Last month I talked about opportunities in the boiler plant replacement and retrofit market, so this month I’m going to continue on with frequently asked about tasks associated with these small-, medium-, large-, and very large-boiler applications.

A Fresh Look

It is not unusual for a facility manager to request a fresh look and/or independent facility assessment of the existing boiler plant. This study may even focus on evaluation of the operation staff structure and associated skill levels. In today's outsource environment, it is imperative that people in charge of support services staff know how they match with the competition. At the same time, this type of central plant review can be very beneficial to the facility manager and the boiler operators. Based on the findings, the facility may be prime for introduction of a much-needed retraining program that revisits the operating procedures. Taking into account today's technology, as well as a fresh look at the operating parameters, significant improvements can be achieved in boiler performance via this type of study.

Policy Assessment

A second review category can be assessing existing policy and procedure manuals. Often, this is money well spent when compared with the costs associated with liabilities owners face based on the latest rules, regulations, and right-to-know laws. Combining engineering experience with legal expertise can provide a team effort and comprehensive report on what the facilities' financial exposure is when the assessment is completed.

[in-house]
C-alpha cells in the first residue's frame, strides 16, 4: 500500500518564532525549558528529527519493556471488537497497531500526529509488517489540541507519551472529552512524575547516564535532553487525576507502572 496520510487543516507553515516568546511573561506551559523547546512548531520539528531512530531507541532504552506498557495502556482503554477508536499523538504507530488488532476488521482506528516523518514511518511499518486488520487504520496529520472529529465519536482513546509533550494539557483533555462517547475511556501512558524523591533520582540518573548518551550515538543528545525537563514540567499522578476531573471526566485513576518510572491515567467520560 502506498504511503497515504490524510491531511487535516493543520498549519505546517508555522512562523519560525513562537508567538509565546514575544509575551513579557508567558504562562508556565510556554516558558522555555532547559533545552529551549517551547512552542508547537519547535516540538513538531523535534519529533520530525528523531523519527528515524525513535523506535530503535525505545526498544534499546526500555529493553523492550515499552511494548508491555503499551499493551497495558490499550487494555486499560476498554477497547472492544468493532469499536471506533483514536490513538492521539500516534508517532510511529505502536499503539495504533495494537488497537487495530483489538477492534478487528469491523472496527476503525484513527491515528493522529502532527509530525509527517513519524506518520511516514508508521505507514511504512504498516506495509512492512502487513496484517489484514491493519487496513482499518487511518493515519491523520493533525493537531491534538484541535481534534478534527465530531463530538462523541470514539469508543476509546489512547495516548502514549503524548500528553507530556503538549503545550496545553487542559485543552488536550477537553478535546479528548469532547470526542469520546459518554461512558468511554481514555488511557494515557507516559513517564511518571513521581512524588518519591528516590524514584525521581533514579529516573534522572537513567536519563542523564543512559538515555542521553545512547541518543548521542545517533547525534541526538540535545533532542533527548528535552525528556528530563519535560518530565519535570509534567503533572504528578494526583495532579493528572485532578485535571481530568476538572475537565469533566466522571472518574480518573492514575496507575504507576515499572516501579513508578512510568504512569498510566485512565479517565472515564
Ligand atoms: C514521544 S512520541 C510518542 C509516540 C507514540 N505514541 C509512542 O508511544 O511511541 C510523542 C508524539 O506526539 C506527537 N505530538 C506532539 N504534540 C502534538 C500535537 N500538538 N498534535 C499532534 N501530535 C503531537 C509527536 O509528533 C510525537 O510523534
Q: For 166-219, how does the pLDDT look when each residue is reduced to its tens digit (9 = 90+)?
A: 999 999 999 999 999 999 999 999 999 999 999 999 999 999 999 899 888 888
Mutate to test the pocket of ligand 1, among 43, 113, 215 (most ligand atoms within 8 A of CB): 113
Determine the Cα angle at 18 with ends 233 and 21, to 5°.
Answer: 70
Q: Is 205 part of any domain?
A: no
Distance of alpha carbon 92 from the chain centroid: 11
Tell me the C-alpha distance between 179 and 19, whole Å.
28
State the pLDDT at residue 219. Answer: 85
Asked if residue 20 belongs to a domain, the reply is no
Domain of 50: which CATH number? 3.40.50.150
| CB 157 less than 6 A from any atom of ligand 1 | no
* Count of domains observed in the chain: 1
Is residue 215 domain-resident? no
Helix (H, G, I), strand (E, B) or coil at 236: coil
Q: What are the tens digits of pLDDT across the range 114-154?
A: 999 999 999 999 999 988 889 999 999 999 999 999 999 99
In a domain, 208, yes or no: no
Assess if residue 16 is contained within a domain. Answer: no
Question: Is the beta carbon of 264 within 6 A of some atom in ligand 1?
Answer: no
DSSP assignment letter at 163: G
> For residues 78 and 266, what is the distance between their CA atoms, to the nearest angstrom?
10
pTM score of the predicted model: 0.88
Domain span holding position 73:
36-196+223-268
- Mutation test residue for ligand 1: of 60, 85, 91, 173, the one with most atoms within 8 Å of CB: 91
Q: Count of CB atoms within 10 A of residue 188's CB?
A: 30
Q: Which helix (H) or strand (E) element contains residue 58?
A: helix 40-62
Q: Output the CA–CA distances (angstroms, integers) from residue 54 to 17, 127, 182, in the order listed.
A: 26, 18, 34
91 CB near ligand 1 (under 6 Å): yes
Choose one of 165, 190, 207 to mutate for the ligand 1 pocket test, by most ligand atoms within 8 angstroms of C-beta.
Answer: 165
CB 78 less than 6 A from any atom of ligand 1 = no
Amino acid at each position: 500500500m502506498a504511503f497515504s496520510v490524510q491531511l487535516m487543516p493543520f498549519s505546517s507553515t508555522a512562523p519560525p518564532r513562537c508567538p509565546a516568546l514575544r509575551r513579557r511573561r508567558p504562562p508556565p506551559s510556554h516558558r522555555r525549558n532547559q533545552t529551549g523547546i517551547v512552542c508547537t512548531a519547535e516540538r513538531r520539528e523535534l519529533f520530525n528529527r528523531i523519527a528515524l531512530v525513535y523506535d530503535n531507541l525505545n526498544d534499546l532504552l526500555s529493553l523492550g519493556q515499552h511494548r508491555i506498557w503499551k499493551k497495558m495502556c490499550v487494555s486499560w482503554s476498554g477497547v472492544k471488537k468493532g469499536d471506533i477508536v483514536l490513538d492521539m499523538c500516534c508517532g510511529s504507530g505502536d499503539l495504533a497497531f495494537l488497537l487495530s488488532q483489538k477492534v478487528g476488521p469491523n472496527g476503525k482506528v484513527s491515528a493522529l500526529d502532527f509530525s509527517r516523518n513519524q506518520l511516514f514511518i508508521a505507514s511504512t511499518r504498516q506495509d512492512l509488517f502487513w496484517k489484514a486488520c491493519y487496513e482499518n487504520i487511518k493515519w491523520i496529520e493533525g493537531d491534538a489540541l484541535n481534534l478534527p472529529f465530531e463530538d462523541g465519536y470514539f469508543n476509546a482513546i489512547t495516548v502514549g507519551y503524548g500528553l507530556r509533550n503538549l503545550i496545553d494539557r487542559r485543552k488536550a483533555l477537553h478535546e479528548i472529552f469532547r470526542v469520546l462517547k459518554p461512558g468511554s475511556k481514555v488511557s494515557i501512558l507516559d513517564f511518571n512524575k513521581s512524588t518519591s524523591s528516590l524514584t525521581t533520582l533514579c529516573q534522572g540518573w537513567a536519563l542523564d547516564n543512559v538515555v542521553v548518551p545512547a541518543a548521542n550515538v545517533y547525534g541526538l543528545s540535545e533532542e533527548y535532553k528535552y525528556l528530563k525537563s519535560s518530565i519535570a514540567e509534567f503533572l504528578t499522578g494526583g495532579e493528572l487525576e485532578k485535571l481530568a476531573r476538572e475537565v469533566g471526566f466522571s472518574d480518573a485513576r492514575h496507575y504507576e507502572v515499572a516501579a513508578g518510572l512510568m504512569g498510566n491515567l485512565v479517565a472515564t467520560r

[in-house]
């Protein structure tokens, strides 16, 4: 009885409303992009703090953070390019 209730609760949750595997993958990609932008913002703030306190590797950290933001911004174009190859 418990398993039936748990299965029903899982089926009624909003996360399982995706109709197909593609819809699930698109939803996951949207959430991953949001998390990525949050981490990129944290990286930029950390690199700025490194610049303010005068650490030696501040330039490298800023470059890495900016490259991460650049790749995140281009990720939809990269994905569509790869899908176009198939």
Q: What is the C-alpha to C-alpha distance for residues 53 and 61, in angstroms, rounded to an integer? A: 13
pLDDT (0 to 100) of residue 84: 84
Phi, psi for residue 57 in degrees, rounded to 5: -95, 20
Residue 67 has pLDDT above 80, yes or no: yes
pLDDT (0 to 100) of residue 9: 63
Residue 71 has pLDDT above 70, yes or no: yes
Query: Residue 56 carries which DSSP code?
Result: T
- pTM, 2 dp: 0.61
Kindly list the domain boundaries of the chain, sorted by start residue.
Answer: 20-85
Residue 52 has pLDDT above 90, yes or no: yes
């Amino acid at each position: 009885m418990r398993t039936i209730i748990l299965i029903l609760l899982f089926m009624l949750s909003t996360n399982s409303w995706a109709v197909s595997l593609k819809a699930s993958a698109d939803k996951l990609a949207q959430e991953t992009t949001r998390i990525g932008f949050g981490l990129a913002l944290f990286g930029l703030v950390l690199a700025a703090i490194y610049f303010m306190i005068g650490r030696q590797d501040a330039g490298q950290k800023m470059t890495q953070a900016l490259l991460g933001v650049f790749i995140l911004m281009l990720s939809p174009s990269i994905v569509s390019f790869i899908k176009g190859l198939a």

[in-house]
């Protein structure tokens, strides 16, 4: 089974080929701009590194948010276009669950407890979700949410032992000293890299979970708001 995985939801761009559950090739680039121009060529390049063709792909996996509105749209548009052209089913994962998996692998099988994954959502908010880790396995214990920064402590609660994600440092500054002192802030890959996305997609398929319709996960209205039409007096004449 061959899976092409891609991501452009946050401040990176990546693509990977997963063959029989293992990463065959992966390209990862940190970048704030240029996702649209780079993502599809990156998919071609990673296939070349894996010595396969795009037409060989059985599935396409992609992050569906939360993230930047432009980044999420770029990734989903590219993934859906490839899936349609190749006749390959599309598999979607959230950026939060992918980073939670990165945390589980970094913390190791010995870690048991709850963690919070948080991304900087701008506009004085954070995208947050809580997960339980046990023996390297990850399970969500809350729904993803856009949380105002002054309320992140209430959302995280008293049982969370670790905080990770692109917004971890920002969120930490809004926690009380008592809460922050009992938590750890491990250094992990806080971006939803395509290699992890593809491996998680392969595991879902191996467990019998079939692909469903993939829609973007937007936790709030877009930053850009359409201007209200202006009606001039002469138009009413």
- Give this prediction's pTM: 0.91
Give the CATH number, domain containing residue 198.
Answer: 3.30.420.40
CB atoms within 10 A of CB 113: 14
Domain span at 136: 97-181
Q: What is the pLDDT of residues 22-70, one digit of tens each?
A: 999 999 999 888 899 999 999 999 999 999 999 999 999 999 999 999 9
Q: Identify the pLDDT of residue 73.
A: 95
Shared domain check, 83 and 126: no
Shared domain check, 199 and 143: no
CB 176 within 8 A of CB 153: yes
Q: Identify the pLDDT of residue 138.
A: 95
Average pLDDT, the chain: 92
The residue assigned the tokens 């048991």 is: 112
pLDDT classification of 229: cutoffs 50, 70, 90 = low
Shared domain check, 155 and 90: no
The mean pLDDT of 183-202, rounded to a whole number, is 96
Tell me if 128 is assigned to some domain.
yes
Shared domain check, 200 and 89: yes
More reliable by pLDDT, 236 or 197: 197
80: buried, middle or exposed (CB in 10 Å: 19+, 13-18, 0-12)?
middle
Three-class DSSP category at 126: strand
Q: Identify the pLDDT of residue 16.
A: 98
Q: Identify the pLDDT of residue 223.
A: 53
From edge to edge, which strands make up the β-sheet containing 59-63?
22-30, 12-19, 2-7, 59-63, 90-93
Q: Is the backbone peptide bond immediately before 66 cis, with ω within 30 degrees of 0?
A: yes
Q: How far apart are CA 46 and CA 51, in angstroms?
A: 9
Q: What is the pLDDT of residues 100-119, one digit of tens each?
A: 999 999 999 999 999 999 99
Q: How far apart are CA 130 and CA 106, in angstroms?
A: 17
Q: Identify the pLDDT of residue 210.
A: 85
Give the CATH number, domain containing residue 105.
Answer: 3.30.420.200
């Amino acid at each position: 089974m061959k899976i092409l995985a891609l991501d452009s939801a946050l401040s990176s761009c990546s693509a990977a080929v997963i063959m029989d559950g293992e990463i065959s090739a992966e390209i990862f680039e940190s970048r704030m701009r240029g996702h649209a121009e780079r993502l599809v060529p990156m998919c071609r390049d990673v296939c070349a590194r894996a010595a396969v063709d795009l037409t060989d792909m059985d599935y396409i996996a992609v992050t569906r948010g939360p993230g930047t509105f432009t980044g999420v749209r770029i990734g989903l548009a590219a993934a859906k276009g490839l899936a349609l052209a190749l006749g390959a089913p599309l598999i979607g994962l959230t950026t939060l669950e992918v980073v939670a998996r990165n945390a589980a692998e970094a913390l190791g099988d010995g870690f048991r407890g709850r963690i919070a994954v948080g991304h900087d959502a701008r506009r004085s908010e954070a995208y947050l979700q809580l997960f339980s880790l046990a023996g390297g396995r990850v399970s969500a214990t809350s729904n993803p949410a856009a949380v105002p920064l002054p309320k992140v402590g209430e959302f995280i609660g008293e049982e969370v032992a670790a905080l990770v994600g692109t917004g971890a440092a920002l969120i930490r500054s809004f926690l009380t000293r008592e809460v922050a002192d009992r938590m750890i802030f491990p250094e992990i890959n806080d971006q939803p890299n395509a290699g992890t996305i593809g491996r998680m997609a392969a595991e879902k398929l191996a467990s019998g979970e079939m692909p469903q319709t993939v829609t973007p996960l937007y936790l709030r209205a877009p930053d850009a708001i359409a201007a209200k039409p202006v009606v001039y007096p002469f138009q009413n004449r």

An area where we find the most return-on-investment for performing a central plant evaluation is in the preventive and predictive maintenance workorder system, including a review of service contracts. The deficiencies that are usually very prevalent are:

  • Inconsistencies in the individual workorders;
  • Insufficient information on the individual workorders;
  • Missing equipment from the workorder system; and
  • A need to prioritize the workorders to equal the available manpower needed to complete all the workorders in the system.

When reviewing the services contracts that supplement the in-house preventive maintenance, the following deficiencies frequently arise:

  • Little to no paperwork exists for the work performed;
  • What the service contract indicated will be completed is not done 100%; and
  • Multiyear service contracts go up in value each year via an escalation rate but the quality of the work performed goes down.

One more suggestion for central plant assessment is to have nondestructive testing performed on the boilers to assist in determining remaining useful service life. In addition, this condition assessment can also focus on the potential of boiler and central plant failure. From this study risk and reliability can be deduced the costs associated with loss of business due to boiler failure. Quite often the cost of proactive maintenance will clearly justify the cost of reactive maintenance based on the projected "lost revenues."

As the cost of business continues to rise, there is a lot to learn from existing central boiler plants. In turn, there are a lot of questions that need to be answered. ES